1. Banking has never been a genuinely free market activity. During each of the successive stages of hegemony over the past five centuries, the predominant power has sponsored an official or quasi-official bank that has determined the role of money and credit during that stage of the world's economic development.
2. As the scale of government has grown, there has been a loosening of restrictions that commodity-based money imposed on credit expansion, creating a general tendency for credit to become easier.
3. Debt crises have a way of coming to the fore during the twilight of hegemony. No matter the institutional framework of banking, the phase of financialization that follows the signal crisis of hegemony culminates in a terminal crisis of debt distress, often aggravated by the ruinous expenses of war.
4. Money and banking have evolved over the past half-millennium to permit a more promiscuous extension of credit. The U.S. system of pure fiat money reflects the unprecedented scale of the U.S. government as the largest the world has ever seen and the declining marginal returns (accelerating inefficiency) of a system that cannot pay its way. In this light, easy credit at an unprecedented scale is the monetary reflection of scale diseconomies. The government needs to create trillions of dollars out of "thin air" to pay its otherwise unaffordable operating expenses. The terminal crisis of U.S. hegemony may well prove to be the end of fiat money and fractional reserve banking, as the unstable fiat system collapses and money and banking devolve to a smaller and more efficient scale.
5. Hegemonic transitions always involve crucial ways of re-configuring the reserve currency. How will the next reserve currency differ from the dollar? That is a tough call. On current evidence, it seems as likely as not that metapolitical conditions will favor a declining scale of sovereignty. Perhaps some alliance of mini-sovereignties and city-states, more akin to the Hanseatic league than the United States, will emerge to sponsor a new reserve currency — backed by a high-tech military coalition. I admit that is hard to imagine; there is the precedent of the Wendish Monetary Union, formed in 1379 to maintain the currency for the Hanseatic League of merchants and city-states. The union struck a silver coin equivalent to the Lubeck mark, containing 18 grams of fine silver. The Encyclopedia of Money comments:” Unlike many feudal governments, the merchants of the Hanseatic League never sought to profit from currency debasement. Often governments dominated by merchant princes or commercial classes displayed a strong commitment to currency integrity, perhaps to help attract commercial activity. Living on an empire of trade and finance, Venice maintained the value of the ducat for over 500 years. In the nineteenth century, England became the staunch defender of the gold standard against bimetallism, which would have allowed debtors to substitute silver for gold to repay debts.”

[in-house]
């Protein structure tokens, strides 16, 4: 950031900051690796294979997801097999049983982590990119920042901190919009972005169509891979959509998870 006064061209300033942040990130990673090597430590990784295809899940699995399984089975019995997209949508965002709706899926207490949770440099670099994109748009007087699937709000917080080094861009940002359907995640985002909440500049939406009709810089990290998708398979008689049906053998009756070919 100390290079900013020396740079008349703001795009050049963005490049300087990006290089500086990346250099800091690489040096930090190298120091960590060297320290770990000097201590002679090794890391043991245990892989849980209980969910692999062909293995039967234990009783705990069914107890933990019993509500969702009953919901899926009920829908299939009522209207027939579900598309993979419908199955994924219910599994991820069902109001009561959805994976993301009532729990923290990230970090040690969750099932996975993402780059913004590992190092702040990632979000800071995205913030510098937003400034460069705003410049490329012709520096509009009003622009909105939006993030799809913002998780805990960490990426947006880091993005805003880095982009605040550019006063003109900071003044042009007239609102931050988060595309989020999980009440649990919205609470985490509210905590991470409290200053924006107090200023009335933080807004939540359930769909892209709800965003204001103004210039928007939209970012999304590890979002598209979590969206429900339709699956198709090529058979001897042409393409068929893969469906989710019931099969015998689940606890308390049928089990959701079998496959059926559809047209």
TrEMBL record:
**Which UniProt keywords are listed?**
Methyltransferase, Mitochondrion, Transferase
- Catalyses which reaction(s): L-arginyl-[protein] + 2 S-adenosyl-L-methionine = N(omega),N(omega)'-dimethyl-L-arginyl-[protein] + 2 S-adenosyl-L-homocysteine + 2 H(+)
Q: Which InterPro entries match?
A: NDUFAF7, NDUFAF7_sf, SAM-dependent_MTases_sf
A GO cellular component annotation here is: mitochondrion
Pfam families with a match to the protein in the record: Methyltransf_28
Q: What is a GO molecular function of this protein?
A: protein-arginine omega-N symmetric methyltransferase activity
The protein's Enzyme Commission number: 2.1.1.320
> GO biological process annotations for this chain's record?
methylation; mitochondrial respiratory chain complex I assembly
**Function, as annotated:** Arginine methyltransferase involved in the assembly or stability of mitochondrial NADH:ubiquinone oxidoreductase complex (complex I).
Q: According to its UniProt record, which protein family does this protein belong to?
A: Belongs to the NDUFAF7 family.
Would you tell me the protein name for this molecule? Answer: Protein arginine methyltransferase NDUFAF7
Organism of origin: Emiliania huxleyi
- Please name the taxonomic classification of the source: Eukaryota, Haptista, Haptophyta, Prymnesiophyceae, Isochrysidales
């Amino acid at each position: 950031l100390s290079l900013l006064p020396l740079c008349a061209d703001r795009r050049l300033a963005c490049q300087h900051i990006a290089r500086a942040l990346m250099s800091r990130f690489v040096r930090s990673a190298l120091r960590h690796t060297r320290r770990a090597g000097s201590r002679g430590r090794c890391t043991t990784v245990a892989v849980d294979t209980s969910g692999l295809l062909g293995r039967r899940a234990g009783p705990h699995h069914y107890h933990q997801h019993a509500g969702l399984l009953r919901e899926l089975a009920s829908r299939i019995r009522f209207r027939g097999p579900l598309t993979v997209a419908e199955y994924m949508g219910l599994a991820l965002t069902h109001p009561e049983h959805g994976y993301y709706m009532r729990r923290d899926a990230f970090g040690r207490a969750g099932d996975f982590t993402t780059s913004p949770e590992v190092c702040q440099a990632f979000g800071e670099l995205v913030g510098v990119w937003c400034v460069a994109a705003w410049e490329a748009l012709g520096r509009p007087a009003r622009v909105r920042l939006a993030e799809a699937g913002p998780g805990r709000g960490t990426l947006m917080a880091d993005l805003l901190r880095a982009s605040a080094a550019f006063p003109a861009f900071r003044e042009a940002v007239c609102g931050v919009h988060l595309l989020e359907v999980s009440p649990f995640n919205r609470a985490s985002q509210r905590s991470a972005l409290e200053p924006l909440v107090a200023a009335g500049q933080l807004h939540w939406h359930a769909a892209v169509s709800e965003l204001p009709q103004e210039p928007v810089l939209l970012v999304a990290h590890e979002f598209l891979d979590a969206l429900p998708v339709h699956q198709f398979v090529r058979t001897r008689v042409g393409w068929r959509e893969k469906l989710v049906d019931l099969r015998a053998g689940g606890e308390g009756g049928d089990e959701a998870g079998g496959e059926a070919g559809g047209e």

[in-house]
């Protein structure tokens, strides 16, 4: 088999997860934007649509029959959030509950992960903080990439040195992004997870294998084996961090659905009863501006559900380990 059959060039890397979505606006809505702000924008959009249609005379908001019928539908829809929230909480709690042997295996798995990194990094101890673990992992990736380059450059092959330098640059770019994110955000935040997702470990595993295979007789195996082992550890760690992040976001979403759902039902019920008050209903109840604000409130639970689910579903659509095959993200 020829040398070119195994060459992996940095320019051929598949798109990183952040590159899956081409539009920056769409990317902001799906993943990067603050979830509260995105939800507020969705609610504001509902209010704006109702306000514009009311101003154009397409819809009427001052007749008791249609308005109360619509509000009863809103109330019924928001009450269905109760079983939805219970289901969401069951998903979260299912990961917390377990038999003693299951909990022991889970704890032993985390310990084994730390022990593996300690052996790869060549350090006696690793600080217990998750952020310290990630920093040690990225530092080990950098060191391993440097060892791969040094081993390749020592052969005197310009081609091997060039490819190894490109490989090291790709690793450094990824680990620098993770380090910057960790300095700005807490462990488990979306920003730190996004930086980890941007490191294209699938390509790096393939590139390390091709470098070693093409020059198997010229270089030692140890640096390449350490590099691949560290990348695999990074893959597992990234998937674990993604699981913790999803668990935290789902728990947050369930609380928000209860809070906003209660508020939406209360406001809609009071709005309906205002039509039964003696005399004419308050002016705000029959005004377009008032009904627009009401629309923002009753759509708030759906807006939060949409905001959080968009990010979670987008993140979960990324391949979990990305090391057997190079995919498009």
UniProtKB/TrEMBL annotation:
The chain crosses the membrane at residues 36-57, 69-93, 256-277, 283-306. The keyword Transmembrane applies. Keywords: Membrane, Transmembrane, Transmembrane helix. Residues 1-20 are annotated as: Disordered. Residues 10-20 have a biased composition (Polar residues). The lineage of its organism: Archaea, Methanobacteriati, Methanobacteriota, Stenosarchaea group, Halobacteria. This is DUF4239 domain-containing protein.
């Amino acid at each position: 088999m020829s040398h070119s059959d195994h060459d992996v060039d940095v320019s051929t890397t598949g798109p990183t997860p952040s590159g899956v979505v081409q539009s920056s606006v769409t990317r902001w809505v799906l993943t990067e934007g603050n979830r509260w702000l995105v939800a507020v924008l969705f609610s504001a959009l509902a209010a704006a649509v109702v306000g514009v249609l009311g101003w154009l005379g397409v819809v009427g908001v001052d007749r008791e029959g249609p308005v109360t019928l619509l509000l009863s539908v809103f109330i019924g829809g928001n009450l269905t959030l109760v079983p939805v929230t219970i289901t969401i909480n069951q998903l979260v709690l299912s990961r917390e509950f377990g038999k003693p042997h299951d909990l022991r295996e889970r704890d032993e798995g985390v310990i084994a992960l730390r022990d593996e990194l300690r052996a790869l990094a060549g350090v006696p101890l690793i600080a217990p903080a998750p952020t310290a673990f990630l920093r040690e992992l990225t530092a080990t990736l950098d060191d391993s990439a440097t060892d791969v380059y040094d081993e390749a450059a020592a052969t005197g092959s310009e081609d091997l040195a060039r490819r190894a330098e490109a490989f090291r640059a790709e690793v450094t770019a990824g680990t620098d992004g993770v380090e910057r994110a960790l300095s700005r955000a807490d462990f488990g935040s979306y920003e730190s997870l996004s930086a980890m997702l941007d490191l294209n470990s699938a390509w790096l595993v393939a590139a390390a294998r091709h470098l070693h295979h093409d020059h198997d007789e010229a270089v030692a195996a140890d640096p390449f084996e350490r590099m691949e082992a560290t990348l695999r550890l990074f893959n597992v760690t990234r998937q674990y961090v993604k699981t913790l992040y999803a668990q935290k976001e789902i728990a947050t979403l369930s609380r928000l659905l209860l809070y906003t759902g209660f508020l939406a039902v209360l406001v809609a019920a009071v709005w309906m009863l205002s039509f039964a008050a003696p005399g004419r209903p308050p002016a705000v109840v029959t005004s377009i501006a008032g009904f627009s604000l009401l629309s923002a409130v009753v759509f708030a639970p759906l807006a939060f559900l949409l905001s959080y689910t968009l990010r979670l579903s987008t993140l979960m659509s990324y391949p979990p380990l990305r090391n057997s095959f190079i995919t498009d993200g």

So sound money is not unprecedented. And it remains challenging to imagine how the institution of money can evolve from here to permit an even more promiscuous extension of credit. The pendulum may have swung too far toward meeting the demand for more and cheaper money—with the consequence that the next reserve currency may prove harder to debase than the dollar did. I suppose the crucial issue for you to ponder is how far the eclipse of democracy now in view will permit creditors to shift the terms of borrowing in their favor?
In Strategic Investment, I only provide an impartial viewpoint. I studied philosophy at Oxford, which the University claims helped me think clearly. Even so, you have the same ability that I have. So only believe what makes sense to you.